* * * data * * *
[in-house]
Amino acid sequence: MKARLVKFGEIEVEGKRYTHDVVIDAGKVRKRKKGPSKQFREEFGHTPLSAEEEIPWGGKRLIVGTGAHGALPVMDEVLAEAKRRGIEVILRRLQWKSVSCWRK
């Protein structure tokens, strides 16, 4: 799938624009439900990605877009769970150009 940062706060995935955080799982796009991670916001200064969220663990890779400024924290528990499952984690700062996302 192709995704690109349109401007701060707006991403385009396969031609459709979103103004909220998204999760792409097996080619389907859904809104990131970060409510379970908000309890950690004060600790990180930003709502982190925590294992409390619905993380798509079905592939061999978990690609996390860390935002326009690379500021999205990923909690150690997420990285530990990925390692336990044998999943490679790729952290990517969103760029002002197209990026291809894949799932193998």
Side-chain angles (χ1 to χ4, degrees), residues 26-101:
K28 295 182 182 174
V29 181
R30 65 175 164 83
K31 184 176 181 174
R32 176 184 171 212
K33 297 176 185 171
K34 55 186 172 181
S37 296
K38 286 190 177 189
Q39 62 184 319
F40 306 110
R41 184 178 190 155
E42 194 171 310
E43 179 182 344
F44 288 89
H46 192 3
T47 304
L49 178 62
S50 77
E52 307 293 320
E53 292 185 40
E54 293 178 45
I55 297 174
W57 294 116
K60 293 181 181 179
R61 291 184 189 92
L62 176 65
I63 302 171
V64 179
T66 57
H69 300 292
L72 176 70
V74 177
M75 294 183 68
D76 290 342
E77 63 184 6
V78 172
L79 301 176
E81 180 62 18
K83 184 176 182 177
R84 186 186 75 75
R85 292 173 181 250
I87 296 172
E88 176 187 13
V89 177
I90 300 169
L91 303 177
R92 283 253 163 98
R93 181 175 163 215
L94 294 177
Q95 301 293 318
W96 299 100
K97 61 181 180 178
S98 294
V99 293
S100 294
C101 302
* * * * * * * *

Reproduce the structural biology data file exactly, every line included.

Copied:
[in-house]
Amino acid sequence: MKARLVKFGEIEVEGKRYTHDVVIDAGKVRKRKKGPSKQFREEFGHTPLSAEEEIPWGGKRLIVGTGAHGALPVMDEVLAEAKRRGIEVILRRLQWKSVSCWRK
């Protein structure tokens, strides 16, 4: 799938624009439900990605877009769970150009 940062706060995935955080799982796009991670916001200064969220663990890779400024924290528990499952984690700062996302 192709995704690109349109401007701060707006991403385009396969031609459709979103103004909220998204999760792409097996080619389907859904809104990131970060409510379970908000309890950690004060600790990180930003709502982190925590294992409390619905993380798509079905592939061999978990690609996390860390935002326009690379500021999205990923909690150690997420990285530990990925390692336990044998999943490679790729952290990517969103760029002002197209990026291809894949799932193998």
Side-chain angles (χ1 to χ4, degrees), residues 26-101:
K28 295 182 182 174
V29 181
R30 65 175 164 83
K31 184 176 181 174
R32 176 184 171 212
K33 297 176 185 171
K34 55 186 172 181
S37 296
K38 286 190 177 189
Q39 62 184 319
F40 306 110
R41 184 178 190 155
E42 194 171 310
E43 179 182 344
F44 288 89
H46 192 3
T47 304
L49 178 62
S50 77
E52 307 293 320
E53 292 185 40
E54 293 178 45
I55 297 174
W57 294 116
K60 293 181 181 179
R61 291 184 189 92
L62 176 65
I63 302 171
V64 179
T66 57
H69 300 292
L72 176 70
V74 177
M75 294 183 68
D76 290 342
E77 63 184 6
V78 172
L79 301 176
E81 180 62 18
K83 184 176 182 177
R84 186 186 75 75
R85 292 173 181 250
I87 296 172
E88 176 187 13
V89 177
I90 300 169
L91 303 177
R92 283 253 163 98
R93 181 175 163 215
L94 294 177
Q95 301 293 318
W96 299 100
K97 61 181 180 178
S98 294
V99 293
S100 294
C101 302